Mazilli's Shoes


119 pages
ISBN 1-55071-097-4
DDC C812'.54





Reviewed by David E. Kemp

David E. Kemp, a former drama professor at Queen’s University, is the
author of The Pleasures and Treasures of the United Kingdom.


When Giovanni Mazilli suddenly loses his job in a shoe factory, together
with all his colleagues, he takes the dismissal as a sign that he should
return to Italy, the country of his birth. Giovanni, you see, has not
been back in 23 years, not even for his mother’s funeral. On an
exploratory trip to his birthplace, he impetuously buys a shoe shop;
soon his wife and grown children are living the life of Italian
provincials. But the petty bureaucracy of Italy is frustrating to
Giovanni and his family, and a return to Canada soon becomes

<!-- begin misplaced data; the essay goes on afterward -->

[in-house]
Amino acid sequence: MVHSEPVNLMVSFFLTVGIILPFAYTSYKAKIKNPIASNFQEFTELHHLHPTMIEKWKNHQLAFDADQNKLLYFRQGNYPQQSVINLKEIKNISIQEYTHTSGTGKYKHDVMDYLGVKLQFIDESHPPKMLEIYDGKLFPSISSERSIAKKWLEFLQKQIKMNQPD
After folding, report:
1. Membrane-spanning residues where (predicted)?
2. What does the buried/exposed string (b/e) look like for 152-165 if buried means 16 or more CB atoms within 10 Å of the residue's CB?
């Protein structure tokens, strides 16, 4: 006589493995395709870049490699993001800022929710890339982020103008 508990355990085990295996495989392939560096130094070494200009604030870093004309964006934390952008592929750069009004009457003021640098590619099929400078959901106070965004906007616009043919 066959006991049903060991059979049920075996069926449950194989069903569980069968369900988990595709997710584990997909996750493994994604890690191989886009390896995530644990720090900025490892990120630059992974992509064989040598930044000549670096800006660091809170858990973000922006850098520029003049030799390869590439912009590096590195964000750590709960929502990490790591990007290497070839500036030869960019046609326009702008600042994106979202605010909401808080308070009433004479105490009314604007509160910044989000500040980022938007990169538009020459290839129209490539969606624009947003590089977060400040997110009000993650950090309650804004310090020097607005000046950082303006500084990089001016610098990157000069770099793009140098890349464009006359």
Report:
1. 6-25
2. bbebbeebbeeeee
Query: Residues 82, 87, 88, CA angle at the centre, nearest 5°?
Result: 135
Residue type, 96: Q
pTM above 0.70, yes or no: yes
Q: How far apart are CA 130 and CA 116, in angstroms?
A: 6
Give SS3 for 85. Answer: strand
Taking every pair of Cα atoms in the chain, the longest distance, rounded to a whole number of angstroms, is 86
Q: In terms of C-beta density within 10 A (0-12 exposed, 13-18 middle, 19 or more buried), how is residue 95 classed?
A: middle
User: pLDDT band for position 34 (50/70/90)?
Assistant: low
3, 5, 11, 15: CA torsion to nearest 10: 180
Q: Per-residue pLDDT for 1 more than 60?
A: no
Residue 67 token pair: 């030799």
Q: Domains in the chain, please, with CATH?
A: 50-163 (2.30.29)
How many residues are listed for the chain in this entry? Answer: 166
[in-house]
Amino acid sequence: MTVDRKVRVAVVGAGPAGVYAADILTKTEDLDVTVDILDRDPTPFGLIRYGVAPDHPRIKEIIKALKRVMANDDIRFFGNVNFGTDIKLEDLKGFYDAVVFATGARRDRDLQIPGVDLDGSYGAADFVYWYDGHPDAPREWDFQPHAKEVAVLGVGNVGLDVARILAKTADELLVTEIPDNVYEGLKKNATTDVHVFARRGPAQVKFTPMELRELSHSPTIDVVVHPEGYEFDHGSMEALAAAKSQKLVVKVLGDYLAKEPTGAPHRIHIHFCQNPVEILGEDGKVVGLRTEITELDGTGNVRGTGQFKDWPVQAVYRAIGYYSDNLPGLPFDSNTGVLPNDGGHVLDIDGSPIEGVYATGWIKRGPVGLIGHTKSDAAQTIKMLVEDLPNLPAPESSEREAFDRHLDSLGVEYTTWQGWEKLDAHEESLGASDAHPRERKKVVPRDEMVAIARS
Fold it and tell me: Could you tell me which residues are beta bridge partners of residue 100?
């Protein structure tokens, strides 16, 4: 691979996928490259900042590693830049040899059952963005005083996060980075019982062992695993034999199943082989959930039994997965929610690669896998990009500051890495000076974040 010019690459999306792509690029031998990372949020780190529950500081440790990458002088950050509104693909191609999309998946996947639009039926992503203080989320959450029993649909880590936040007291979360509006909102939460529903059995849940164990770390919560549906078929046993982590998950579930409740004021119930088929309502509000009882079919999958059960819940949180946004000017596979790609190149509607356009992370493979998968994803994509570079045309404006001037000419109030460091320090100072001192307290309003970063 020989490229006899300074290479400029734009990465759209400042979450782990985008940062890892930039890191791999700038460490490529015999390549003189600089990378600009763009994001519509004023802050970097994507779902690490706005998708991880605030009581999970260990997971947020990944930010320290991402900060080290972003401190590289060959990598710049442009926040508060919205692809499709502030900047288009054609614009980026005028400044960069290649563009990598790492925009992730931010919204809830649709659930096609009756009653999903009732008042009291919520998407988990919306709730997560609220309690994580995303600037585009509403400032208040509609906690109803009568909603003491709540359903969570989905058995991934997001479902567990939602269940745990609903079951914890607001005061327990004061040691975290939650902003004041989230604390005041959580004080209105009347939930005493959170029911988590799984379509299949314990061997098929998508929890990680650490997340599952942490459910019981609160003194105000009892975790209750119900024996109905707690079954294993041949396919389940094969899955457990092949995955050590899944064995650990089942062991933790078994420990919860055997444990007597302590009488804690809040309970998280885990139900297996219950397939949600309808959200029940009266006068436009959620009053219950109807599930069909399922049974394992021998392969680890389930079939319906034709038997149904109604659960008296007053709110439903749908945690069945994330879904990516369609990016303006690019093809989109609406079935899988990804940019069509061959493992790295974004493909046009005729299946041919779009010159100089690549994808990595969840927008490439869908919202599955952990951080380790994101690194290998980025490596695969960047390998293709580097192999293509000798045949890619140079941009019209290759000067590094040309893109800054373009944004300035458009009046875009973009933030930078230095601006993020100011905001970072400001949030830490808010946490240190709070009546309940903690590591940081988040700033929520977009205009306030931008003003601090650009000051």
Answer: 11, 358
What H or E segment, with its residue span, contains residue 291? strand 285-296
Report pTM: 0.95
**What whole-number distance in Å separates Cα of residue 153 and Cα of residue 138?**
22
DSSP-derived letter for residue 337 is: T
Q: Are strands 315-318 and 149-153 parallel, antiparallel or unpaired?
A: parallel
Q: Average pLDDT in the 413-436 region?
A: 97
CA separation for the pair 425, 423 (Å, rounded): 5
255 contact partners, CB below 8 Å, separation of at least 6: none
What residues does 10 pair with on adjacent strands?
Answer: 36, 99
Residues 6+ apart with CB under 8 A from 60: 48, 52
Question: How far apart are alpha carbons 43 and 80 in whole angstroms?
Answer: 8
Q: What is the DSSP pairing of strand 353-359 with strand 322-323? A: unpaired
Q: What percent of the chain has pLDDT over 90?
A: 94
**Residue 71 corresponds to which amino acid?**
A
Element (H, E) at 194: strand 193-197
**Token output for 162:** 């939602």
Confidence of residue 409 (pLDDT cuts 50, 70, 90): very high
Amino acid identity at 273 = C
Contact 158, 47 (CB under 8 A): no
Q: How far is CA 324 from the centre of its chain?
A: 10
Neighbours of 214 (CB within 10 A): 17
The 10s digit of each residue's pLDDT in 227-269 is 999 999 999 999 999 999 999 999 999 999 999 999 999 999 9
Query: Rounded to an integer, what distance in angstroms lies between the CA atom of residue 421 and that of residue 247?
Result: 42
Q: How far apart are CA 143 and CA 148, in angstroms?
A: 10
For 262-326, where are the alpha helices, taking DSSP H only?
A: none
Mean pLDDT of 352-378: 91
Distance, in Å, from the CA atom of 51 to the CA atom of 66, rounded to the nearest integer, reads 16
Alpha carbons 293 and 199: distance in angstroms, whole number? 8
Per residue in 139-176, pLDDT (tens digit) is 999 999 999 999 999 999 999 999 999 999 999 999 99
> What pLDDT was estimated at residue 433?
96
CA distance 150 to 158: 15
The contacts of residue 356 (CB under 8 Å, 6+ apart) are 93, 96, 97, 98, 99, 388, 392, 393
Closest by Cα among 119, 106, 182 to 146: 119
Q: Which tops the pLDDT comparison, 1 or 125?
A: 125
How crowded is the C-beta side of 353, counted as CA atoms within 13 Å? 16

imminent—although not in the way we might expect.

Mazilli’s Shoes shows a deep understanding of the immigrant
experience, which left me wanting to know more about its author. The
idea of wanting to return to one’s roots and discovering that they are
not there anymore, or that things have changed beyond recognition,
transcends the Italian setting of this screenplay and achieves a
universality. Regrettably, Guernica Editions’ books are beautifully
crafted but low on information about the author. Here, the publishers
tell us only that Madott is the author of Bottled Roses (1985) and a
Toronto lawyer.

Madott writes persuasively in both languages, and her cinematic
instructions, which pepper the realistic and fast-paced dialogue, show
the visualization of the director as well as the ear of the writer. She
demonstrates a good understanding of the frustrations of living in
modern-day Italy, along with a deep insight into what makes Toronto’s
Italian community tick.


Madott, Darlene., “Mazilli's Shoes,” Canadian Book Review Annual Online, accessed April 16, 2024,